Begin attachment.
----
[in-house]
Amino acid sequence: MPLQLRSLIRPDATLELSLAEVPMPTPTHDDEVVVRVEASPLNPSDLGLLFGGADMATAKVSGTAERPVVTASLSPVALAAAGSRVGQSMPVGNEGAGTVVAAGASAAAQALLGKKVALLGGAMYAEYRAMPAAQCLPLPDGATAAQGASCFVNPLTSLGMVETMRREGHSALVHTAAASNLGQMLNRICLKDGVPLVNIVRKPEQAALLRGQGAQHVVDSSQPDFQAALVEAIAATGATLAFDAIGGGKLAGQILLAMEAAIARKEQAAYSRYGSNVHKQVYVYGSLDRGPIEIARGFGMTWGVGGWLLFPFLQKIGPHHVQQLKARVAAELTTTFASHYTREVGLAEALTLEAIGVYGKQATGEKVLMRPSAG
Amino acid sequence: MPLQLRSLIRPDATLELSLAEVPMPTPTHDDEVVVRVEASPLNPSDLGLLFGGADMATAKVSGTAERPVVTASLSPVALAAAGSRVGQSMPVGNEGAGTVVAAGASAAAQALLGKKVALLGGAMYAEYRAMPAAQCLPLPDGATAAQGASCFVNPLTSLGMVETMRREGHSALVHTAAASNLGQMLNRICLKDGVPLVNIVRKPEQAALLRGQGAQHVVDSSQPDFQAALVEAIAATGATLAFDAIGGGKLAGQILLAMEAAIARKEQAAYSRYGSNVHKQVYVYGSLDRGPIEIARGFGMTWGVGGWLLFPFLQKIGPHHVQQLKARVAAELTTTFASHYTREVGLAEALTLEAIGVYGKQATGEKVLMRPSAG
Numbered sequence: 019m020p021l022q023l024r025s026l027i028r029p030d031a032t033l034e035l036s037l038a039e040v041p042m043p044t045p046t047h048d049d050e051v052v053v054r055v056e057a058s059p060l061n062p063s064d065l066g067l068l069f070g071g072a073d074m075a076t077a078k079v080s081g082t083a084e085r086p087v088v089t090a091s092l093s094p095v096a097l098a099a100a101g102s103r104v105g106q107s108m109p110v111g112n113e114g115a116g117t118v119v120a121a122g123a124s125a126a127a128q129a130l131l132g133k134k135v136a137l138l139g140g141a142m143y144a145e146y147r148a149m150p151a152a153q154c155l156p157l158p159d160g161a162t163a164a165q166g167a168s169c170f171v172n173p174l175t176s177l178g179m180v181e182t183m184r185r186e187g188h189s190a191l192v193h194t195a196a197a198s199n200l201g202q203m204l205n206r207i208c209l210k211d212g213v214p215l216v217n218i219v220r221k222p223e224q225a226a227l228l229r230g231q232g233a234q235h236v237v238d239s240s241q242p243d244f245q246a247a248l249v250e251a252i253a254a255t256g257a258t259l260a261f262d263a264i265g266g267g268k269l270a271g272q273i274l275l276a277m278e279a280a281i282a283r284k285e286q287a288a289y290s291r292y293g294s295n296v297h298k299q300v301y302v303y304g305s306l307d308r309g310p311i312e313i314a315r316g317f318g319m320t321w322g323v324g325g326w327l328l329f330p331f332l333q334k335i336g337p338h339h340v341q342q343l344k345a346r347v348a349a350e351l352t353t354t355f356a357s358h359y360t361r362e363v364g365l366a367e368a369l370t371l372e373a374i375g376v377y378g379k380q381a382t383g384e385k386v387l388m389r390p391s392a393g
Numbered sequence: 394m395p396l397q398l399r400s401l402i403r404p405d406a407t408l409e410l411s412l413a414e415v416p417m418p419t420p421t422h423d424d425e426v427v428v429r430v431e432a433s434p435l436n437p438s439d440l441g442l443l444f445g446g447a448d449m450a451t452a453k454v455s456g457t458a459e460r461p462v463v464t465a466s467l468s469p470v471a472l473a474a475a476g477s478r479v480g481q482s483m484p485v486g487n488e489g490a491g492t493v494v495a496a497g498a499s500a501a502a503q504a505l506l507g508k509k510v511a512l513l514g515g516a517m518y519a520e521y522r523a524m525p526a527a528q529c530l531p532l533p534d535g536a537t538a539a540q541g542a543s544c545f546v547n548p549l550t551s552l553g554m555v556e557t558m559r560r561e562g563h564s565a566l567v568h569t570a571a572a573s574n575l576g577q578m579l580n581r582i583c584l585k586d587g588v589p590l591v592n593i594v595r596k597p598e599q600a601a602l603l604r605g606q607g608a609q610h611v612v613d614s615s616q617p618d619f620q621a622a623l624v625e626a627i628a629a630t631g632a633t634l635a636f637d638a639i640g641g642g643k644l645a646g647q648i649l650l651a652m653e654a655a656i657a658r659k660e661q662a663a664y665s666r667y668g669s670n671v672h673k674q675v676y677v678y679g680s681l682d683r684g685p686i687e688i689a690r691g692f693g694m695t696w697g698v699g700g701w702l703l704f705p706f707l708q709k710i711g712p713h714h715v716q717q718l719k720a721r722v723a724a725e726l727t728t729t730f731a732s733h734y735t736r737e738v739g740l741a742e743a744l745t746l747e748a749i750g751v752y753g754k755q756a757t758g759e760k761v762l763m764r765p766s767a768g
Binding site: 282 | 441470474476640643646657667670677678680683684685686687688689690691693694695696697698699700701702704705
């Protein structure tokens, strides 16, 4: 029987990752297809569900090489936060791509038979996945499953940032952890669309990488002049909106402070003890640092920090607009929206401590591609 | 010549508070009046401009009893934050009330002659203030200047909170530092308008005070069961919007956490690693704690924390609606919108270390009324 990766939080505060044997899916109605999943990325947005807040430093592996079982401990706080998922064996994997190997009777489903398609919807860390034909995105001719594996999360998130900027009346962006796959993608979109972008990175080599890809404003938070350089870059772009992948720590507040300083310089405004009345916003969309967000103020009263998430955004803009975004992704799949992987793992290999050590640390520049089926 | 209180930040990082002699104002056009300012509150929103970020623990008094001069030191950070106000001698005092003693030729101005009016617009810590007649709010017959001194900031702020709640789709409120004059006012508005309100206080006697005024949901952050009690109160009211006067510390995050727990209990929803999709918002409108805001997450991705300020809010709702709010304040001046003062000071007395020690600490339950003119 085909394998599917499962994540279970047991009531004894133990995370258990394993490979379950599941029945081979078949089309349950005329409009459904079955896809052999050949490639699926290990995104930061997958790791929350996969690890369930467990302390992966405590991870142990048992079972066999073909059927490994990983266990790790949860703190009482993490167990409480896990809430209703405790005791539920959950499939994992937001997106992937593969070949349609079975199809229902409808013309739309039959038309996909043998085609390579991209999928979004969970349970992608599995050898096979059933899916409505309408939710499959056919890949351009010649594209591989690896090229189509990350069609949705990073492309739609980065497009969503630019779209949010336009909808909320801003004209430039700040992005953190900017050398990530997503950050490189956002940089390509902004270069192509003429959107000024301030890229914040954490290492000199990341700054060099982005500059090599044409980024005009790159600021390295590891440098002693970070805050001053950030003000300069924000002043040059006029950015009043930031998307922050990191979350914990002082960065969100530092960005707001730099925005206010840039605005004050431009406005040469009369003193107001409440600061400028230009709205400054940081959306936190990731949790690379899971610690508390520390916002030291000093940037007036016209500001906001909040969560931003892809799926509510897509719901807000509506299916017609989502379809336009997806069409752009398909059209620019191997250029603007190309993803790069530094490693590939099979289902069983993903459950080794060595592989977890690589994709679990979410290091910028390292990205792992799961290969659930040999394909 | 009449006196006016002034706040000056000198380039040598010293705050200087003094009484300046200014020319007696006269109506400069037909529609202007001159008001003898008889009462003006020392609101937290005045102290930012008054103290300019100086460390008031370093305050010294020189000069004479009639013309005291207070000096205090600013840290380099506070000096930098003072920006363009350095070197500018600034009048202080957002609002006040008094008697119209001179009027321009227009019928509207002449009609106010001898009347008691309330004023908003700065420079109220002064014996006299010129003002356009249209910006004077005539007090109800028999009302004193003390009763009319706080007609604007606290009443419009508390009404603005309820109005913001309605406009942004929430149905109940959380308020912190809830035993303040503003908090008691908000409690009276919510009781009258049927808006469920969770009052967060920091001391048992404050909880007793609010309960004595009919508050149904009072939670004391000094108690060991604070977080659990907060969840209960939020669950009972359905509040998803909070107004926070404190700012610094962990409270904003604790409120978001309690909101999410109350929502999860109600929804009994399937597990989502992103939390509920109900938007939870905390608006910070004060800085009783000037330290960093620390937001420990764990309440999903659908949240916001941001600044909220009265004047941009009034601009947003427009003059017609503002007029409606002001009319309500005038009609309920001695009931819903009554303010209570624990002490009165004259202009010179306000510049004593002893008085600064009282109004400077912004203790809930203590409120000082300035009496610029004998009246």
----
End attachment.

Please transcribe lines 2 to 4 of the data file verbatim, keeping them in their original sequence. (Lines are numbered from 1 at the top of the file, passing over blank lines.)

Amino acid sequence: MPLQLRSLIRPDATLELSLAEVPMPTPTHDDEVVVRVEASPLNPSDLGLLFGGADMATAKVSGTAERPVVTASLSPVALAAAGSRVGQSMPVGNEGAGTVVAAGASAAAQALLGKKVALLGGAMYAEYRAMPAAQCLPLPDGATAAQGASCFVNPLTSLGMVETMRREGHSALVHTAAASNLGQMLNRICLKDGVPLVNIVRKPEQAALLRGQGAQHVVDSSQPDFQAALVEAIAATGATLAFDAIGGGKLAGQILLAMEAAIARKEQAAYSRYGSNVHKQVYVYGSLDRGPIEIARGFGMTWGVGGWLLFPFLQKIGPHHVQQLKARVAAELTTTFASHYTREVGLAEALTLEAIGVYGKQATGEKVLMRPSAG
Amino acid sequence: MPLQLRSLIRPDATLELSLAEVPMPTPTHDDEVVVRVEASPLNPSDLGLLFGGADMATAKVSGTAERPVVTASLSPVALAAAGSRVGQSMPVGNEGAGTVVAAGASAAAQALLGKKVALLGGAMYAEYRAMPAAQCLPLPDGATAAQGASCFVNPLTSLGMVETMRREGHSALVHTAAASNLGQMLNRICLKDGVPLVNIVRKPEQAALLRGQGAQHVVDSSQPDFQAALVEAIAATGATLAFDAIGGGKLAGQILLAMEAAIARKEQAAYSRYGSNVHKQVYVYGSLDRGPIEIARGFGMTWGVGGWLLFPFLQKIGPHHVQQLKARVAAELTTTFASHYTREVGLAEALTLEAIGVYGKQATGEKVLMRPSAG
Numbered sequence: 019m020p021l022q023l024r025s026l027i028r029p030d031a032t033l034e035l036s037l038a039e040v041p042m043p044t045p046t047h048d049d050e051v052v053v054r055v056e057a058s059p060l061n062p063s064d065l066g067l068l069f070g071g072a073d074m075a076t077a078k079v080s081g082t083a084e085r086p087v088v089t090a091s092l093s094p095v096a097l098a099a100a101g102s103r104v105g106q107s108m109p110v111g112n113e114g115a116g117t118v119v120a121a122g123a124s125a126a127a128q129a130l131l132g133k134k135v136a137l138l139g140g141a142m143y144a145e146y147r148a149m150p151a152a153q154c155l156p157l158p159d160g161a162t163a164a165q166g167a168s169c170f171v172n173p174l175t176s177l178g179m180v181e182t183m184r185r186e187g188h189s190a191l192v193h194t195a196a197a198s199n200l201g202q203m204l205n206r207i208c209l210k211d212g213v214p215l216v217n218i219v220r221k222p223e224q225a226a227l228l229r230g231q232g233a234q235h236v237v238d239s240s241q242p243d244f245q246a247a248l249v250e251a252i253a254a255t256g257a258t259l260a261f262d263a264i265g266g267g268k269l270a271g272q273i274l275l276a277m278e279a280a281i282a283r284k285e286q287a288a289y290s291r292y293g294s295n296v297h298k299q300v301y302v303y304g305s306l307d308r309g310p311i312e313i314a315r316g317f318g319m320t321w322g323v324g325g326w327l328l329f330p331f332l333q334k335i336g337p338h339h340v341q342q343l344k345a346r347v348a349a350e351l352t353t354t355f356a357s358h359y360t361r362e363v364g365l366a367e368a369l370t371l372e373a374i375g376v377y378g379k380q381a382t383g384e385k386v387l388m389r390p391s392a393g